There has mixed response to my posts on disaster awareness among college students (well, the Horn of Africa drought among my current students) – see posts here and here.  Some see something hopeful and interesting in the idea that the students want more complex explanations for the problems they see.  Others are significantly more negative, suggesting that people such as my students are just symptomatic of a larger societal, if not species-level, lack of empathy for distant others.  I fall on the optimistic side of things, perhaps because I am a geographer.  Let me explain…

Geography, as a discipline, spends a hell of a lot of time thinking about how places are created and maintained.  Places are not locations (folks get this mixed up all the time) – places are our experiences of particular locations – at least this is how I choose to think about it.  And when you think of it that way, it becomes impossible to see life in a particular place as independent from events in other places.  The experience of living in Columbia, South Carolina is shaped by the weather, the cost of living, the infrastructure, the schools (I am a parent), etc.  But each of these is in turn shaped by other factors that transcend Columbia.  The cost of living and state of the infrastructure are intimately tied to the history of the state of South Carolina within the United States (where the South has historically been the underdeveloped agrarian other of the industrialized Northeast), but are also tied to the global economy. South Carolina is now the last stopping point for large-scale manufacturing before it heads out of the US to find the most favorable conditions of production possible.  The overseas shift of the textile industry wrought devastation on the state’s economy…and relatively few in the state seem able to come to grips with the fact they were ground up in the jaws of a new global economy that has already spit them out.  Even the weather is being reshaped by global factors that drive climate change, as a new regime of reduced rainfall seems to be settling in.  At what point do you stop calling a prolonged rainfall deficit a drought and start calling it the new normal?  Turns out about three decades. We are about 20 years into a significant decline in precipitation, so we are getting there.  Thus, the policy decisions (regarding industrial policy and emissions policy) of actors in China and India drive shifts in the economy and environment of the State of South Carolina.  We are thoroughly tied up in larger global forces here.  To understand South Carolina today, we have to understand the larger world today – there is simply no way around this.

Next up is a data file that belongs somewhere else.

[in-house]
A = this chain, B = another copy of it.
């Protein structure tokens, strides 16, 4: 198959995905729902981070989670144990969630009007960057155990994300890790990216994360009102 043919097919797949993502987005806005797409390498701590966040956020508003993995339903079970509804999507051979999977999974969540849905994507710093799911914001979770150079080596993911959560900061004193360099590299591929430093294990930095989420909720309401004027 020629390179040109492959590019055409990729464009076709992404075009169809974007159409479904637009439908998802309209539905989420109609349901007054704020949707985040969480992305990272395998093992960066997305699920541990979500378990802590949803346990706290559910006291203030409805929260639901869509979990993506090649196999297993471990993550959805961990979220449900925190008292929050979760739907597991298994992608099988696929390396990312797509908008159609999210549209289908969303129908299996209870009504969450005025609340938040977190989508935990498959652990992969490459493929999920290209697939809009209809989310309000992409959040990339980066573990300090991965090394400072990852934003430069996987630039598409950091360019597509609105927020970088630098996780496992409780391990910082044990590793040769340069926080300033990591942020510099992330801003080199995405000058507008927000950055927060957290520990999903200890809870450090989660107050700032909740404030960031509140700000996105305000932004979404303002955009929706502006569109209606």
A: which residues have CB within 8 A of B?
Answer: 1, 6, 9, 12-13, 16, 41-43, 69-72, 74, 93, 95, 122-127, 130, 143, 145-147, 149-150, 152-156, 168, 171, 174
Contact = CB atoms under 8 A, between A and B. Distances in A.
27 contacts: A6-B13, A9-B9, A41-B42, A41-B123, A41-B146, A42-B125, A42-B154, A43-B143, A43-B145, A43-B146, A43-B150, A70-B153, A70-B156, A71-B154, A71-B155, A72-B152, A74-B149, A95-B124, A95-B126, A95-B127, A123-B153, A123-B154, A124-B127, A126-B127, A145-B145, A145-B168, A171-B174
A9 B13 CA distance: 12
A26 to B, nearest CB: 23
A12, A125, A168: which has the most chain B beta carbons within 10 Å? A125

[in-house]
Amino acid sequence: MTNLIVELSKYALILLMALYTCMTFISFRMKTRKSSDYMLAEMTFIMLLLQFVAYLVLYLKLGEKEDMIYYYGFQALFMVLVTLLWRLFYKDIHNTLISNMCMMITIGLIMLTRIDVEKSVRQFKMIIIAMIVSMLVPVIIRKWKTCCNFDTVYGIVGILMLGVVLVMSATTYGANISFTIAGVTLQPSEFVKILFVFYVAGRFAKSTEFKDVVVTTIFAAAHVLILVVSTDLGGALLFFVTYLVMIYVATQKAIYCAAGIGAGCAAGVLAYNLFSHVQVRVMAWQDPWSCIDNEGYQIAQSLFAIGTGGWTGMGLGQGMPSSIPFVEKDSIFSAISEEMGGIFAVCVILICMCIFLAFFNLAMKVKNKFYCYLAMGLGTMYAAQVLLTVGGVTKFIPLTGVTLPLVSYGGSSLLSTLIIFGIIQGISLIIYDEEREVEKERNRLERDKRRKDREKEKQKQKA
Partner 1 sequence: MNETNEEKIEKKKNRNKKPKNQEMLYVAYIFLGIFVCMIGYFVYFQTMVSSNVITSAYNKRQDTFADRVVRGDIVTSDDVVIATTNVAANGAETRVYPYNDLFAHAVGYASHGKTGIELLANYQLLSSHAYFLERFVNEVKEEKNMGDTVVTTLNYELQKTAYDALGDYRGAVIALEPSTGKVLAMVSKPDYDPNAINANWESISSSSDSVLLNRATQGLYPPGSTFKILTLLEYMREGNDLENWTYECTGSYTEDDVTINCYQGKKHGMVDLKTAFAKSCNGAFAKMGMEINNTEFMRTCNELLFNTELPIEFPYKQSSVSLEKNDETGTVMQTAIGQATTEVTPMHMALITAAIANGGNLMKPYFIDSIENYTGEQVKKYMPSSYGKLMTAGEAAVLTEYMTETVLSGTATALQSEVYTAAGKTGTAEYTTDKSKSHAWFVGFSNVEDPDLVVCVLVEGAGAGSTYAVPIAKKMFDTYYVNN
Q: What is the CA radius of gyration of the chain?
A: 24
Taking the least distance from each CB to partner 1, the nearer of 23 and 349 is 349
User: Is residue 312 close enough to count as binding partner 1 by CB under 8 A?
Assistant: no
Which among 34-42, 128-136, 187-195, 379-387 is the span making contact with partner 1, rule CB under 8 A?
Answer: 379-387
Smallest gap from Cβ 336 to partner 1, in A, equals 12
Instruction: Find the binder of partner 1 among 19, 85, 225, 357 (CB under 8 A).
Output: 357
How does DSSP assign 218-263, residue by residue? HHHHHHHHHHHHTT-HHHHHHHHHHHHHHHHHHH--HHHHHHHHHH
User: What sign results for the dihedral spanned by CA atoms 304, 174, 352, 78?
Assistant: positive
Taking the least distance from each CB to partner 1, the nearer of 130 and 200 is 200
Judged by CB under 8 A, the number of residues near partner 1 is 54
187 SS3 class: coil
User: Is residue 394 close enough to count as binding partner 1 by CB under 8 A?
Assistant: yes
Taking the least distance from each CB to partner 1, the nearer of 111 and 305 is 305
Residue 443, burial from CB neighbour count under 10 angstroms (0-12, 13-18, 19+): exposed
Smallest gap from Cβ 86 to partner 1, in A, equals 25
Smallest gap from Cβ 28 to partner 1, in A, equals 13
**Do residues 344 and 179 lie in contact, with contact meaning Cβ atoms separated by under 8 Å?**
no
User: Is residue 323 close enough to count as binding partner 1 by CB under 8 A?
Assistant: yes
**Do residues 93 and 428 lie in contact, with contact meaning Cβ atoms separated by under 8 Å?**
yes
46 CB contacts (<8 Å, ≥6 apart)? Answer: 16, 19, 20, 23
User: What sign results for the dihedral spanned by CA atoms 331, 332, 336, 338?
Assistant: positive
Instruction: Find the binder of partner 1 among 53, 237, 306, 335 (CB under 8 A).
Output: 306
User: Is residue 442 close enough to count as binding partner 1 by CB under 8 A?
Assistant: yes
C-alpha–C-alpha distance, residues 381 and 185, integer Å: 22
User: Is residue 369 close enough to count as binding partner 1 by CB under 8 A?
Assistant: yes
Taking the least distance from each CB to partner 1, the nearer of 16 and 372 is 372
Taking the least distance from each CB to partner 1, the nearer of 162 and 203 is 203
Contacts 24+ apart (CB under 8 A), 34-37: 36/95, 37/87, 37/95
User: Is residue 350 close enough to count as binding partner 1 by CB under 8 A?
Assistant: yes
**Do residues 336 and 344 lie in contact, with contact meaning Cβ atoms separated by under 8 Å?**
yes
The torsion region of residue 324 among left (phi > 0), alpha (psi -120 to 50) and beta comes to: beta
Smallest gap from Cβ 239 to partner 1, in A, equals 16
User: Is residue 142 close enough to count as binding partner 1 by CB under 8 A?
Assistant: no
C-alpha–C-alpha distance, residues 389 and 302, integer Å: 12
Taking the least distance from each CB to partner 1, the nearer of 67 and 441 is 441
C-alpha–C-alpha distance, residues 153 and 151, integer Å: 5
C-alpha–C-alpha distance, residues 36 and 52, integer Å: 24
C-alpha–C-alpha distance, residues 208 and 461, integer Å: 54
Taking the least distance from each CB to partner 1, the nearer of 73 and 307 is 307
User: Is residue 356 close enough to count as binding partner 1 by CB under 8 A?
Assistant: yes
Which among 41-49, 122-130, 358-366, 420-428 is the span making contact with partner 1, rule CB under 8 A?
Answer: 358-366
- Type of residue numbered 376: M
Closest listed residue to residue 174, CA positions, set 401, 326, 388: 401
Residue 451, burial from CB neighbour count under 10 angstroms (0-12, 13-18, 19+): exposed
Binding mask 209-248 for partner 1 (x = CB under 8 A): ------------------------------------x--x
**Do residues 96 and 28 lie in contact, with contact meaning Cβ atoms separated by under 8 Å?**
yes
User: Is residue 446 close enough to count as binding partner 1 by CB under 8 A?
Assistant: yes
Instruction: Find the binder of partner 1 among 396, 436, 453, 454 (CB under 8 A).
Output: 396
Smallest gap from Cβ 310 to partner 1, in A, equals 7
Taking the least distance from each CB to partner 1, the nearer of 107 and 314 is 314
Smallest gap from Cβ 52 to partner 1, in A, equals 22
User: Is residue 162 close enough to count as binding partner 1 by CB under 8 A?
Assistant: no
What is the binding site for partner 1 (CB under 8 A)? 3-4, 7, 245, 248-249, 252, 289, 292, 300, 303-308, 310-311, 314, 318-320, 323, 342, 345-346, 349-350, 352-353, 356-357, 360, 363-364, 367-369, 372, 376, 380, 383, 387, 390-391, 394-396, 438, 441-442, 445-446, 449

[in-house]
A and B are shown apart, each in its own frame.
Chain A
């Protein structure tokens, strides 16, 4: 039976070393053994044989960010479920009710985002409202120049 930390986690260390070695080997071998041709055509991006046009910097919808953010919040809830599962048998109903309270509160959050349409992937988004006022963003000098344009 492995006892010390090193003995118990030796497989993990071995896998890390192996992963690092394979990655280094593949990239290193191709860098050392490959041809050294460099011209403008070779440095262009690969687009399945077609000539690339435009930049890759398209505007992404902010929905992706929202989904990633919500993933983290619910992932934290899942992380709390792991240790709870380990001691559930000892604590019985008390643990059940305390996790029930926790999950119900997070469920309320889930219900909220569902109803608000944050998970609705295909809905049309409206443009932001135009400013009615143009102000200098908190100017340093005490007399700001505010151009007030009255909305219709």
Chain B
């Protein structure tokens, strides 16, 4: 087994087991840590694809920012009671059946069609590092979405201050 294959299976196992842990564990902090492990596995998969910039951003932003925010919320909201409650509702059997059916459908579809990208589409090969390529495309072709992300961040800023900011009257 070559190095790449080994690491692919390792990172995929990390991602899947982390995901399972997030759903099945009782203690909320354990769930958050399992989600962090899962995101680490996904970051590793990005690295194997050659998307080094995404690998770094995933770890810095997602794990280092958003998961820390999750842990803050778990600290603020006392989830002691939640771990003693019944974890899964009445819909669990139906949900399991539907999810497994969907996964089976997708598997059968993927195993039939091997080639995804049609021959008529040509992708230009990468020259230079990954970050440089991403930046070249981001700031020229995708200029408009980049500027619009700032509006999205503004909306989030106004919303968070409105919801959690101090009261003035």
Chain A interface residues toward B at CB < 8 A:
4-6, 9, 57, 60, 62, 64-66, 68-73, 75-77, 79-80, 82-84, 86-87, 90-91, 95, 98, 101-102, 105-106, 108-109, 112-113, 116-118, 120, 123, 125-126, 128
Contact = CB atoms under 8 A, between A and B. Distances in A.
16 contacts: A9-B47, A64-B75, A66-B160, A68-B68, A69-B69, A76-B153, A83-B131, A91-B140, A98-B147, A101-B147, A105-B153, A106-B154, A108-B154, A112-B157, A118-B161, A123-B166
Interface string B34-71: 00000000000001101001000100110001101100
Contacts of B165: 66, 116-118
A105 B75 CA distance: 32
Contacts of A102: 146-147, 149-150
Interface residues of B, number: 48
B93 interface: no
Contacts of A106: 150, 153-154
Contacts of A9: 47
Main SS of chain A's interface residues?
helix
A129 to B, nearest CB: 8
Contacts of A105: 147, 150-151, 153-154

As soon as this lesson settles in (and it can take a while), it becomes obvious that these forces flow both ways – that is, as Columbia, SC is constituted by global forces, so too what we do here in Columbia contributes to global forces that play out in other places.  Thus, when we vote for federal lawmakers who keep absurd ethanol subsidies in place no matter what the price/maize production conditions, we create a driver of food price increases that can radiate around the world.  And while we in Columbia feel those increases, when the price of a loaf of bread goes up by a dollar, most of us are inconvenienced and annoyed.  For someone who was already living on less than $2/day, this same price increase blows up their capacity to feed themselves.

All of this then goes back to my earlier point about what the students wanted – complex explanations.  The kids already get it, folks – they already understand an interconnected world (to some extent), and they mistrust oversimplified explanations.  When you feed them simple explanations, you often have to root out the interconnections that connect us to events in other parts of the world – the very things that students would grab on to.  In short, by oversimplifying things, we are making it harder for people to feel connected to the places in which things like famine happen.

The lesson: find yourself a geographer, work with them to tell the damn story in all its complex glory, and get out of the way.  The kids are waiting…